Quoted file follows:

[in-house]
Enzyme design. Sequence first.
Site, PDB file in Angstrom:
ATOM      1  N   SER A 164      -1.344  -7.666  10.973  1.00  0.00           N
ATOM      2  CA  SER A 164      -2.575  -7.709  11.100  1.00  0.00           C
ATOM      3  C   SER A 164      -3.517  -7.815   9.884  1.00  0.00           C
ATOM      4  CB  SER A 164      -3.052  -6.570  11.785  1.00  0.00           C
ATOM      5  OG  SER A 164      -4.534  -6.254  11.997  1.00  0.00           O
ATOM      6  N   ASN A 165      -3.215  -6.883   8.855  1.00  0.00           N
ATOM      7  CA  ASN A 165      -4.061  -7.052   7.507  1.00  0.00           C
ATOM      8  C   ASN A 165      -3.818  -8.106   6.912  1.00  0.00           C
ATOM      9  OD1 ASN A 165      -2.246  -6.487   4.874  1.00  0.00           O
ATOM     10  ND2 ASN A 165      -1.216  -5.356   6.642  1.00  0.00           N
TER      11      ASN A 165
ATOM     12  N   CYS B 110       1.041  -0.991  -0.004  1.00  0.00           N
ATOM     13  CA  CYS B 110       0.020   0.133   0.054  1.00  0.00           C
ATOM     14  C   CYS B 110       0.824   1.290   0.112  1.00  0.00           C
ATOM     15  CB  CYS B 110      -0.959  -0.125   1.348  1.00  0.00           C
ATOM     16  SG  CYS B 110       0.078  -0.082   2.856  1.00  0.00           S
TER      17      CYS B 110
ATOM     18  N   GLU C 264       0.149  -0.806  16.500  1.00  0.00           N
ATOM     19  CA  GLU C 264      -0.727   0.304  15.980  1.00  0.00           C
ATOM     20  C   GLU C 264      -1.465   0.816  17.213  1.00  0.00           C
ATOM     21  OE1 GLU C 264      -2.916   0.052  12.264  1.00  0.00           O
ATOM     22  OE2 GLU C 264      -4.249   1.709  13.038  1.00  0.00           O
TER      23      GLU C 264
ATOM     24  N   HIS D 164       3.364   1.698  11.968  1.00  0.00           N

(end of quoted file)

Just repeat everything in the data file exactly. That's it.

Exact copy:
[in-house]
Enzyme design. Sequence first.
Site, PDB file in Angstrom:
ATOM      1  N   SER A 164      -1.344  -7.666  10.973  1.00  0.00           N
ATOM      2  CA  SER A 164      -2.575  -7.709  11.100  1.00  0.00           C
ATOM      3  C   SER A 164      -3.517  -7.815   9.884  1.00  0.00           C
ATOM      4  CB  SER A 164      -3.052  -6.570  11.785  1.00  0.00           C
ATOM      5  OG  SER A 164      -4.534  -6.254  11.997  1.00  0.00           O
ATOM      6  N   ASN A 165      -3.215  -6.883   8.855  1.00  0.00           N
ATOM      7  CA  ASN A 165      -4.061  -7.052   7.507  1.00  0.00           C
ATOM      8  C   ASN A 165      -3.818  -8.106   6.912  1.00  0.00           C
ATOM      9  OD1 ASN A 165      -2.246  -6.487   4.874  1.00  0.00           O
ATOM     10  ND2 ASN A 165      -1.216  -5.356   6.642  1.00  0.00           N
TER      11      ASN A 165
ATOM     12  N   CYS B 110       1.041  -0.991  -0.004  1.00  0.00           N
ATOM     13  CA  CYS B 110       0.020   0.133   0.054  1.00  0.00           C
ATOM     14  C   CYS B 110       0.824   1.290   0.112  1.00  0.00           C
ATOM     15  CB  CYS B 110      -0.959  -0.125   1.348  1.00  0.00           C
ATOM     16  SG  CYS B 110       0.078  -0.082   2.856  1.00  0.00           S
TER      17      CYS B 110
ATOM     18  N   GLU C 264       0.149  -0.806  16.500  1.00  0.00           N
ATOM     19  CA  GLU C 264      -0.727   0.304  15.980  1.00  0.00           C
ATOM     20  C   GLU C 264      -1.465   0.816  17.213  1.00  0.00           C
ATOM     21  OE1 GLU C 264      -2.916   0.052  12.264  1.00  0.00           O
ATOM     22  OE2 GLU C 264      -4.249   1.709  13.038  1.00  0.00           O
TER      23      GLU C 264
ATOM     24  N   HIS D 164       3.364   1.698  11.968  1.00  0.00           N